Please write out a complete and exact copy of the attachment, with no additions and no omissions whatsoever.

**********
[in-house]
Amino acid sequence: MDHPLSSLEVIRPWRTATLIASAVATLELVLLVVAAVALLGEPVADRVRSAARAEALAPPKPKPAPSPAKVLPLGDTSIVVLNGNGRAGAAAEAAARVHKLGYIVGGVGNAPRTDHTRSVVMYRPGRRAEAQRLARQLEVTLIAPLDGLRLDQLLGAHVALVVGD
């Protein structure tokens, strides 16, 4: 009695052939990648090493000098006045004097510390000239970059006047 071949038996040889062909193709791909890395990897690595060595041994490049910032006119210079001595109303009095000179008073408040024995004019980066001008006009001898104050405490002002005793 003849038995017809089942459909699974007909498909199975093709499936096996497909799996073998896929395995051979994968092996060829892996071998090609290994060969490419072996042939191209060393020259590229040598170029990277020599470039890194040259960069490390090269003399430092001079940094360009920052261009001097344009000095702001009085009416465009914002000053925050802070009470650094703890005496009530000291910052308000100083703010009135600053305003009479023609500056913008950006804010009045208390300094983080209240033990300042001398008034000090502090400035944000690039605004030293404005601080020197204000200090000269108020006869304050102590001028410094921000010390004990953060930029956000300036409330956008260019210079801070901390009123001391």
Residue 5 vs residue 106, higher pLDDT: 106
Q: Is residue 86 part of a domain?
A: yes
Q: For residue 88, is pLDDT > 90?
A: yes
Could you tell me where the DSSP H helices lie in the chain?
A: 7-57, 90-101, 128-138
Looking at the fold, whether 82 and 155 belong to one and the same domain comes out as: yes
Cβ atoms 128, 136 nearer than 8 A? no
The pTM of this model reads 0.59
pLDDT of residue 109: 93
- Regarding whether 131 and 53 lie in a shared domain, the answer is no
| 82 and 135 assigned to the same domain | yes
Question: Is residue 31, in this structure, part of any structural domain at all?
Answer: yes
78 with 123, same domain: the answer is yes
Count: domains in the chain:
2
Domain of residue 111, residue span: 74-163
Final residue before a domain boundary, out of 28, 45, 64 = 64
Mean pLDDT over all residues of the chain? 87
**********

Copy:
[in-house]
Amino acid sequence: MDHPLSSLEVIRPWRTATLIASAVATLELVLLVVAAVALLGEPVADRVRSAARAEALAPPKPKPAPSPAKVLPLGDTSIVVLNGNGRAGAAAEAAARVHKLGYIVGGVGNAPRTDHTRSVVMYRPGRRAEAQRLARQLEVTLIAPLDGLRLDQLLGAHVALVVGD
């Protein structure tokens, strides 16, 4: 009695052939990648090493000098006045004097510390000239970059006047 071949038996040889062909193709791909890395990897690595060595041994490049910032006119210079001595109303009095000179008073408040024995004019980066001008006009001898104050405490002002005793 003849038995017809089942459909699974007909498909199975093709499936096996497909799996073998896929395995051979994968092996060829892996071998090609290994060969490419072996042939191209060393020259590229040598170029990277020599470039890194040259960069490390090269003399430092001079940094360009920052261009001097344009000095702001009085009416465009914002000053925050802070009470650094703890005496009530000291910052308000100083703010009135600053305003009479023609500056913008950006804010009045208390300094983080209240033990300042001398008034000090502090400035944000690039605004030293404005601080020197204000200090000269108020006869304050102590001028410094921000010390004990953060930029956000300036409330956008260019210079801070901390009123001391």
Residue 5 vs residue 106, higher pLDDT: 106
Q: Is residue 86 part of a domain?
A: yes
Q: For residue 88, is pLDDT > 90?
A: yes
Could you tell me where the DSSP H helices lie in the chain?
A: 7-57, 90-101, 128-138
Looking at the fold, whether 82 and 155 belong to one and the same domain comes out as: yes
Cβ atoms 128, 136 nearer than 8 A? no
The pTM of this model reads 0.59
pLDDT of residue 109: 93
- Regarding whether 131 and 53 lie in a shared domain, the answer is no
| 82 and 135 assigned to the same domain | yes
Question: Is residue 31, in this structure, part of any structural domain at all?
Answer: yes
78 with 123, same domain: the answer is yes
Count: domains in the chain:
2
Domain of residue 111, residue span: 74-163
Final residue before a domain boundary, out of 28, 45, 64 = 64
Mean pLDDT over all residues of the chain? 87